There was a time, when a King’s word was law…but he was also the judge, the jury, and could be the executioner…if he wanted to wield the axe himself. The King could be benevolent and merciful, or tyrannical and murderous…in any event it was as the King’s prerogative. The King’s judgment couldn’t be appealed to a higher court, he was the higher court. Even the English word “ruler” meant that the king established the standards that would measure everything in the Kingdom. He was like a gravitation force…if he said “up”, then up it went and it wouldn’t come down, until he said so. In the dazzling pomp and circumstance of the King’s retinue, even men and women of power, position, and wealth cowered and lowered their heads, if they wanted to keep them! I think we all know how messed up that kingship was.
Christians have a different kind of king. Our king is a good shepherd. And with that shepherd watching over us, we can say, “even though I walk through the valley of the shadow of death, I will fear no evil.” Or in the words of Psalm 46 today our God is a “refuge and strength, a very present help in trouble.” As St Paul wrote about Christ in the Epistle to the Colossians he said, “in him was pleased to dwell the fullness of God…making peace through the blood of the cross”. This is the king who in offering himself reconciling all things to God. These are two very different images of ruling. The first king inspires fear and the second offers forgiveness and inspires love. Fear imprisons, but love liberates.
It reminds me of the ironic story of the Christian King Charlemagne who in the 8th century, in an act of compassion decided to visit the prison where his most dangerous criminals were being held. He interviewed a number of them one after another…those convicted of murder, highway robbery, and other serious crimes. But incredibly as he listened to each man’s story…all of them, to a person claimed their “innocence”. It was an impossible coincidence…all these innocent men in the same unfortunate circumstance! But then he interviewed a man convicted of a long list of crimes who told the King that he was guilty as charged, and he expressed his deep remorse for his offenses but told the King he thought he was getting what he deserved. Charlemagne was so moved by the man’s honest confession, and shame, and penitence that he went immediately to the warden and demanded that this guilty man be released, so he wouldn’t corrupt all those “innocent” men locked up in the prison.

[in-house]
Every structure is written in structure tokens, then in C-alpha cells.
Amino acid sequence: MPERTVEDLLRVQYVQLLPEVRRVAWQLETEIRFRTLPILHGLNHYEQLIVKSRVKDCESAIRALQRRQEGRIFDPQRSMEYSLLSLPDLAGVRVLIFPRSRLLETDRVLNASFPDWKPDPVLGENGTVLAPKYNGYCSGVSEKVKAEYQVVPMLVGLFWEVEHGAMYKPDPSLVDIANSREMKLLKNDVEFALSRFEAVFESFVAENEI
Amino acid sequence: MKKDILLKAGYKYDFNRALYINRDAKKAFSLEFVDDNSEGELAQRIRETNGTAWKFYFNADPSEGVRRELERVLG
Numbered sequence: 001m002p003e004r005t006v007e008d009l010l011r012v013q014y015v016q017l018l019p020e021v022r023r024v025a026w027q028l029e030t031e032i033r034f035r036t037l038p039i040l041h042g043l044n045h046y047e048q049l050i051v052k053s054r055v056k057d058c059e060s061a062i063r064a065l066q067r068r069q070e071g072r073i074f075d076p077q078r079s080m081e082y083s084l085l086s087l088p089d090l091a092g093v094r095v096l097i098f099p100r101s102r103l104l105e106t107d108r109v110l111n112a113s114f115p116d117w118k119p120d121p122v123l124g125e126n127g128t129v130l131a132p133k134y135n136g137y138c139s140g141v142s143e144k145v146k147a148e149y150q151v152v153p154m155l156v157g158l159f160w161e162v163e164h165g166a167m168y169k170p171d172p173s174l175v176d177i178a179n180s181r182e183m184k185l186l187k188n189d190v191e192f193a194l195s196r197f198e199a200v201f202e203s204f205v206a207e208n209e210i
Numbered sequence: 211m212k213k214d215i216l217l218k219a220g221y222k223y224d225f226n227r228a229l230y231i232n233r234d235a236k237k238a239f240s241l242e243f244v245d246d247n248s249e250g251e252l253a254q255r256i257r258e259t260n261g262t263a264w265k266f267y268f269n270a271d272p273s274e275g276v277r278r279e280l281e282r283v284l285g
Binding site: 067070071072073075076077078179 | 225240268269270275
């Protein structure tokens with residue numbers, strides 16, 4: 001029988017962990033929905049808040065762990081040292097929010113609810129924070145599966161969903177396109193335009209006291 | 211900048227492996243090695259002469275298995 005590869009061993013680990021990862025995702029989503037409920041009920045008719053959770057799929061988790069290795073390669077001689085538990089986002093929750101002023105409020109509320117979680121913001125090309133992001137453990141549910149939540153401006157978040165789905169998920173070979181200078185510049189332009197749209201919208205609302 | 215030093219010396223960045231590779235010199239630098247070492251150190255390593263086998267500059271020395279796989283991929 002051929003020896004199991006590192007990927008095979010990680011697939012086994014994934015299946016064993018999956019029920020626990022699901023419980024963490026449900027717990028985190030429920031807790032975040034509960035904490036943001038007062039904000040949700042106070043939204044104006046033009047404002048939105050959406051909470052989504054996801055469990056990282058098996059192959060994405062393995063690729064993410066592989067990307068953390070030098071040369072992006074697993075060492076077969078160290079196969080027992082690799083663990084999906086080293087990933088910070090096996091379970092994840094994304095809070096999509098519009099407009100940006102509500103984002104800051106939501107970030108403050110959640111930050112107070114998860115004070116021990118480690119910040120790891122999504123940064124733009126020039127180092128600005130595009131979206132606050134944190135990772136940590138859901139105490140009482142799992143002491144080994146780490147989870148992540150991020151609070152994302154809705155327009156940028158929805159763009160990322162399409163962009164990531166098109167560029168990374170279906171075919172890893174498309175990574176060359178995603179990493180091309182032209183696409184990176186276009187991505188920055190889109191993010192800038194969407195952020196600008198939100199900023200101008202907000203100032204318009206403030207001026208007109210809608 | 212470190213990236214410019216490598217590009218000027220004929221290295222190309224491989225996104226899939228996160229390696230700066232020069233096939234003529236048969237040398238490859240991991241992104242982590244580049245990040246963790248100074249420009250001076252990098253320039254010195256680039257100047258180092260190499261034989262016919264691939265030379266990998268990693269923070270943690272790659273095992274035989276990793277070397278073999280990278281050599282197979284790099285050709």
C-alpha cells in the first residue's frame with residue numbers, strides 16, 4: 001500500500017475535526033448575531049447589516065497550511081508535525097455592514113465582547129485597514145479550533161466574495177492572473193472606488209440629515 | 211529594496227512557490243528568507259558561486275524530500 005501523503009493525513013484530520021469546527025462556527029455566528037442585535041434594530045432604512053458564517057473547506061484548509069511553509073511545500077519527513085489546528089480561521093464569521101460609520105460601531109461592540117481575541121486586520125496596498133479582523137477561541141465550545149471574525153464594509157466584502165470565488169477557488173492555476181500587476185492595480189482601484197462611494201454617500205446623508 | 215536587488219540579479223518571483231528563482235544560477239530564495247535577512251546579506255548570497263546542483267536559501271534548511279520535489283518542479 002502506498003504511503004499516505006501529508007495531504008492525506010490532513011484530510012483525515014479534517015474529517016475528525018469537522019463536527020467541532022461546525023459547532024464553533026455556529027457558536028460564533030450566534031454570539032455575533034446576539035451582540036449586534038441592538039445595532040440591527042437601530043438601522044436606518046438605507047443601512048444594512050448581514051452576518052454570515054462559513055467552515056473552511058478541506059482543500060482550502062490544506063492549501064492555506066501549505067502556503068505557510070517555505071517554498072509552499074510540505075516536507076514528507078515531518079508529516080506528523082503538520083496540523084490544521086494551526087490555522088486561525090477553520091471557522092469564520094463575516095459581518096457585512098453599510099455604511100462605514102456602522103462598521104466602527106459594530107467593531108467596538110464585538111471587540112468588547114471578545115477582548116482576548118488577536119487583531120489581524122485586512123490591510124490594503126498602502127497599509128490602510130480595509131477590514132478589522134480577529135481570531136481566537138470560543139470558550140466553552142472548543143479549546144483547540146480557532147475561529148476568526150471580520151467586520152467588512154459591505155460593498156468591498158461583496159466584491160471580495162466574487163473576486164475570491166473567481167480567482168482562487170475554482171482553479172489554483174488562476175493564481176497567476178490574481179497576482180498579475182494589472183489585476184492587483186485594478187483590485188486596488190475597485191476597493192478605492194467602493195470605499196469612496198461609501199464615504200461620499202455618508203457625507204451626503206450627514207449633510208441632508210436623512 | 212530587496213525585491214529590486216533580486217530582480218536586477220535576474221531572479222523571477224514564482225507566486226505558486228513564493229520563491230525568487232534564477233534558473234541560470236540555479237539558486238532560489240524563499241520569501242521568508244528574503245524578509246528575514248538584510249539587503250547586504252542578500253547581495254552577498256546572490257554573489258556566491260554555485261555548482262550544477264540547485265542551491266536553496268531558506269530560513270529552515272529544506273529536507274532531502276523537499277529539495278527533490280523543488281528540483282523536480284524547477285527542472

I think our natural inclination is to see the world in our own particular way, despite how bent or distorted that might be. Just as our eyes bend light as it comes in, so our minds bend the truth to our truth…so we see what we want to see, sometimes completely missing what’s actually there. But as blessed St Francis described life under the rule of Christ, he said, “Grant, O Lord, that I may not seek so much to be consoled as to console; to be understood as to understand; to be loved as to love. For it is in giving that we receive; it is in pardoning that we are pardoned; and it is in dying that we are born to eternal life.” This is life as seen in the Kingdom of God.
That’s what today is about. Today is Christ the King Sunday, it’s like New Year’s Eve for the Church. But rather than fireworks and noise makers, it’s a time for reflection, for taking account and for assessing where we are in our lives. It’s time to ask, “Lord, show me the way ahead.” It’s a time to reconcile, to forgive and be forgiven.
On this Last Sunday of Pentecost, the scriptures chosen by the church do not proclaim, “Hosanna, blessed is he who comes in the name of the Lord” or “Peace on earth, good will towards men,” but instead we see a humiliated and brutalized Jesus, the King of the Jews on the cross. This scripture points the way toward the conclusion of the story of Jesus of Nazareth, but the revelation of Jesus the Christ. The cross is transformed by the gospel from a symbol of death and annihilation to a symbol of life and hope. Jesus’ death on the cross is not a defeat, but the opening for all of us to find our way to life in Christ. The only legitimate hope any of us have when we appeal to God as we ourselves reach out at the end of our story is the same one made by the penitent criminal on the cross before his own death… “Jesus, remember me when you come into your Kingdom.” When we appeal to God, “remember me”…Jesus gives us the assurance, “You will be with me”. And that’s the point when we too will start to live the rest of our story with Christ. AMEN.
The Reverend WA Ray
Jer. 23.1-6; Col. 1.11-20; Lk 23.33-43